Prior to the public portion of the program, Ozzie was treated to a personal tour of the Louisville Slugger factory, and he enjoyed being shown how the famous bats are actually made so much that he sent out several tweets and photos to that effect (OzzieSmith@STLWizard).
Next came a brief press conference, which Ozzie inaugurated by joking that he was particularly happy to be able to qualify for the “living” part of the award. Then it was on to one of the larger rooms in the museum, set up for the ceremony, for a meet-and-greet as guests ate and drank and an energetic jazz trio provided perfect background music.
For almost an hour the patient and personable Smith graciously posed for pictures with attendees. Autographs were not allowed, but no one seemed to mind, most likely because Ozzie was so generous with something better than an autograph: Himself. One fan, a local graphic artist named Steve Douglas (of heroesofyesterday.com), presented Ozzie with a matted print of a portrait which Douglas had done of the great Cardinals shortstop.
After opening remarks by Jewell and David Hunt, the auctioneer, a video of Smith’s career highlights was shown on a screen next to the stage. A poem written by this author (not “the other Mike Shannon” who played for the Cardinals) specially for the occasion and read by someone with the basso of a Johnny Cash provided the soundtrack for the video. The crowd roared its approval at seeing footage of a couple of Smith’s signature fielding plays, and laughed at a Montreal Expos’ player ruefully shaking his head after being robbed by The Wizard.
After the video, local TV anchor/reporter and die-hard Cardinals fan Joe Arnold reminisced about his fondest memories of Ozzie’s career, called Ozzie to the stage and then presented him with his Living Legend Award, a beautiful 10K gold ring in a handsome wooden display box. The ring was “specially designed to have personal meaning for Ozzie Smith.” As such it highlights on its shanks Smith’s 13 Gold Gloves, 15 All-Star Games, Hall of Fame induction and his jersey number, No. 1. The ring has ½ carat of diamonds in a crossed bat and ball field design over black onyx; and, as Arnold let the audience know, the inside of the ring is inscribed with Joe Buck’s memorable call of Ozzie’s big home run: “Go crazy, folks! Go crazy!”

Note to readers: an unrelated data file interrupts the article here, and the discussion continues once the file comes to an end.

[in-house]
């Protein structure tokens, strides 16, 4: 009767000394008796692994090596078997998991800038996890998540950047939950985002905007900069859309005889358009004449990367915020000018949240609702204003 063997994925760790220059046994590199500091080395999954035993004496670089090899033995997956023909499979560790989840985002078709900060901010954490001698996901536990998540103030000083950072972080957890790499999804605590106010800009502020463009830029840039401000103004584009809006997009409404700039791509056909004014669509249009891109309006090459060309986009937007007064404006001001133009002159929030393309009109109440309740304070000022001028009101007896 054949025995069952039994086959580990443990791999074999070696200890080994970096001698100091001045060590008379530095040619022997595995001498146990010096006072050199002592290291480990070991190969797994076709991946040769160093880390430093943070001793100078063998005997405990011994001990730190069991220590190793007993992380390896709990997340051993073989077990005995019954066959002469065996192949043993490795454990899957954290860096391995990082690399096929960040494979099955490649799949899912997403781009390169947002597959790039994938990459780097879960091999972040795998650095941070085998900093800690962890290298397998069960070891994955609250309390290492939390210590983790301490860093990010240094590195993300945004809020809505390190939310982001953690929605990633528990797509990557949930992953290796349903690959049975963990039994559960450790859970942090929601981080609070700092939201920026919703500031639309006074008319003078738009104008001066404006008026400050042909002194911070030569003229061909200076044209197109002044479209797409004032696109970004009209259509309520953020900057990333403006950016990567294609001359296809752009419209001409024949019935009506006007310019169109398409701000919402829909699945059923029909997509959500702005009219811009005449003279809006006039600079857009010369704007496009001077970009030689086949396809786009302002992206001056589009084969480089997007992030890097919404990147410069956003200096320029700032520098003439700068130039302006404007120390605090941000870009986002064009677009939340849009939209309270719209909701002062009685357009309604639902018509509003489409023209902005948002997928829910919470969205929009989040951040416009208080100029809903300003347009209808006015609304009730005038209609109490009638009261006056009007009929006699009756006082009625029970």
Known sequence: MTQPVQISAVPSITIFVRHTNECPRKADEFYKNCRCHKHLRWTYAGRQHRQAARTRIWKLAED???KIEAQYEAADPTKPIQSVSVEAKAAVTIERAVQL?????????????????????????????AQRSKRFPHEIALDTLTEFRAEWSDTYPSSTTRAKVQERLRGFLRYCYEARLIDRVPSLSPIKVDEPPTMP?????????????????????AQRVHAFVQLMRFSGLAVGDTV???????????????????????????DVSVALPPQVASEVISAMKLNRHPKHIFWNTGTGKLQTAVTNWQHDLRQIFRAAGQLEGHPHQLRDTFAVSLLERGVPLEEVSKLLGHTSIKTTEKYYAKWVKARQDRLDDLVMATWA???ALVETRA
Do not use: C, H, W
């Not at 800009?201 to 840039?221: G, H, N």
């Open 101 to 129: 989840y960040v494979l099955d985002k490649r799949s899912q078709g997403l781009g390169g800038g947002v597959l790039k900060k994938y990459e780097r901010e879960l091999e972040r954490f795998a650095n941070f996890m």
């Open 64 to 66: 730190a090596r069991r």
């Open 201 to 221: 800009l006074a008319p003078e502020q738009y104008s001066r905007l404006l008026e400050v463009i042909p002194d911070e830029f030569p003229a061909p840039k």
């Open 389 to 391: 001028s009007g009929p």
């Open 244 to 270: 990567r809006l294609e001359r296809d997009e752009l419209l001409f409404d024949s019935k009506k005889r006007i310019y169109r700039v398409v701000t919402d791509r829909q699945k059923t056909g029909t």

After receiving a standing ovation, Smith issued appropriate thanks all around and began to talk about his career.
He joked about cheating himself out of money at the beginning of his career, pointing out that after rejecting an offer of $8,500 from Detroit, he later signed with San Diego for “$5,000 and a bus ticket to Walla Walla, Washington.” He admitted that as a young professional he questioned his abilities, as everyone does. (“Was I good enough? Was I as good as I thought I was?”) He was amazed when the Padres traded him, straight-up, for Garry Templeton, “a five-tool player.” Doubts or not, he made it clear he was thrilled about the trade, saying “I knew I was going to a club with the opportunity to win. The move changed my life and gave me the opportunity to experience things I never would have in San Diego. I feel very blessed and fortunate to have had the opportunity to play for the St. Louis Cardinals’ organization.”